More than Half of Alzheimer’s Patients Aged 90 or Older Have Used Psychotropic Drugs

More than Half of Alzheimer’s Patients Aged 90 or Older Have Used Psychotropic Drugs
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A recent research study conducted at the University of Eastern Finland has found that psychotropic drug use is more common than previously thought among Alzheimer’s disease (AD) patients who were diagnosed at 90 years old or older, in comparison to those who were diagnosed at younger age.

The study found that patients diagnosed in this age group used antipsychotics five times more often and antidepressants 2.5 times more often than other Alzheimer’s patients. That means 56% of 90 or older Alzheimer’s patients were found to use psychotic drugs previously, whereas only 48% of younger Alzheimer’s patients did so.

The study similarly found that 38% of people aged 90 or older also were on psychotropic drugs, even though they had not been diagnosed with Alzheimer’s.

However, researchers also found that Alzheimer’s patients aged 90 or more used anti-dementia drugs less frequently than younger Alzheimer’s patients (63% vs. 72%, respectively).

Titled “Drug use in persons with and without Alzheimer’s disease aged 90 years or more,” the study’s results were published in the September issue of Age and Ageing.

According to a press release, this study was conducted using the MEDALZ study cohort, which includes data from patients in Finland six months after diagnoses of Alzheimer’s. The study collected data from 67,215 people who were diagnosed with Alzheimer’s between 2005 and 2011. Researchers included comparison groups with the same age, gender and region of residence without the disease, taken from Finnish nationwide registers.

The scientific community uses the term “psychotropic drugs” to refer to antipsychotics, antidepressants, benzodiazepines and related drugs used for anxiety or insomnia in short-term treatments. Psychotropic drugs have been linked to a significant increased risk of adverse reactions among older users. The study concluded that the most vulnerable population of Alzheimer’s patients, the oldest people, is being prescribed a substantial amount of psychotropic drugs.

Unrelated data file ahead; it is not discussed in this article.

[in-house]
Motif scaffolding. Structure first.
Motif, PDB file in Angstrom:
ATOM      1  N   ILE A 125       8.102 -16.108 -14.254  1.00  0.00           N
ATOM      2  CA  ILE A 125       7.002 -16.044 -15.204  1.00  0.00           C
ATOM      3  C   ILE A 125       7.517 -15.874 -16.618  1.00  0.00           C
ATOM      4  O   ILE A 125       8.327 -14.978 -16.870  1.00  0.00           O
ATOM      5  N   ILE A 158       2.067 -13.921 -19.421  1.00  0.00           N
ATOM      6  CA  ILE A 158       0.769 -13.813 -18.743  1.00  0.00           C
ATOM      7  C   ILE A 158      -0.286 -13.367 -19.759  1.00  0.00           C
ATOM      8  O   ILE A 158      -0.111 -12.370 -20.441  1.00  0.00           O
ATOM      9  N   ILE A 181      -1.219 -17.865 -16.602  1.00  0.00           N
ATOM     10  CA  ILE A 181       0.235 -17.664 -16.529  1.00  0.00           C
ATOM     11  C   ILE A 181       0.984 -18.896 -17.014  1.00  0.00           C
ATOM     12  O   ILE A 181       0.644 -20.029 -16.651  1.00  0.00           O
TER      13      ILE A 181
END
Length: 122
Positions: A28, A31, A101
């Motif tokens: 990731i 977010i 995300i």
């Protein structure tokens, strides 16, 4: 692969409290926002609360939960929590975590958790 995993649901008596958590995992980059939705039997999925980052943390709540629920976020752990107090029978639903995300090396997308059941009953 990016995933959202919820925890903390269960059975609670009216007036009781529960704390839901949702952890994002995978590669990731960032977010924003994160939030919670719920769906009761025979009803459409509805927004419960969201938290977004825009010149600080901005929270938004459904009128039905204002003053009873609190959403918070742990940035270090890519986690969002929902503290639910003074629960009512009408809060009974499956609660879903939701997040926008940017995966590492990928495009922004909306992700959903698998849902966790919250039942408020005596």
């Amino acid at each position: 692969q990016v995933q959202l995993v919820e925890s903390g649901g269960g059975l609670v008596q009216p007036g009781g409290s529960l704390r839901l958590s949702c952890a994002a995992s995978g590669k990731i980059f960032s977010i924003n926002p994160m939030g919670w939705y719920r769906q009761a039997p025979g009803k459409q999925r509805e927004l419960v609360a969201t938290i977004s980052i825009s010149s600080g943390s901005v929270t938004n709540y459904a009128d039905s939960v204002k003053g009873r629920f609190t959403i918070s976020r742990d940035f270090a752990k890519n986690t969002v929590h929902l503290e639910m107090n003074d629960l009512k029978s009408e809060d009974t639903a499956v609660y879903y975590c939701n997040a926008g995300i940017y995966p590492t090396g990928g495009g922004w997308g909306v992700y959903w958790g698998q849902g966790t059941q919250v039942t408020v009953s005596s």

It has been previously documented that older adults are highly vulnerable to the adverse effects of psychotropics. According to “Psychotropic Medication Use among Older Adults: What All Nurses Need to Know,” those older than 70 are already 3.5 times more likely than younger individuals to be admitted to the hospital due to adverse reactions associated with psychotropics, and this risk increases with the number of medications used and with increasing age. These findings are concerning and researchers say that safety of drug use should be regularly assessed.

Ana holds a PhD in Immunology from the University of Lisbon and worked as a postdoctoral researcher at Instituto de Medicina Molecular (iMM) in Lisbon, Portugal. She graduated with a BSc in Genetics from the University of Newcastle and received a Masters in Biomolecular Archaeology from the University of Manchester, England. After leaving the lab to pursue a career in Science Communication, she served as the Director of Science Communication at iMM.
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Ana holds a PhD in Immunology from the University of Lisbon and worked as a postdoctoral researcher at Instituto de Medicina Molecular (iMM) in Lisbon, Portugal. She graduated with a BSc in Genetics from the University of Newcastle and received a Masters in Biomolecular Archaeology from the University of Manchester, England. After leaving the lab to pursue a career in Science Communication, she served as the Director of Science Communication at iMM.
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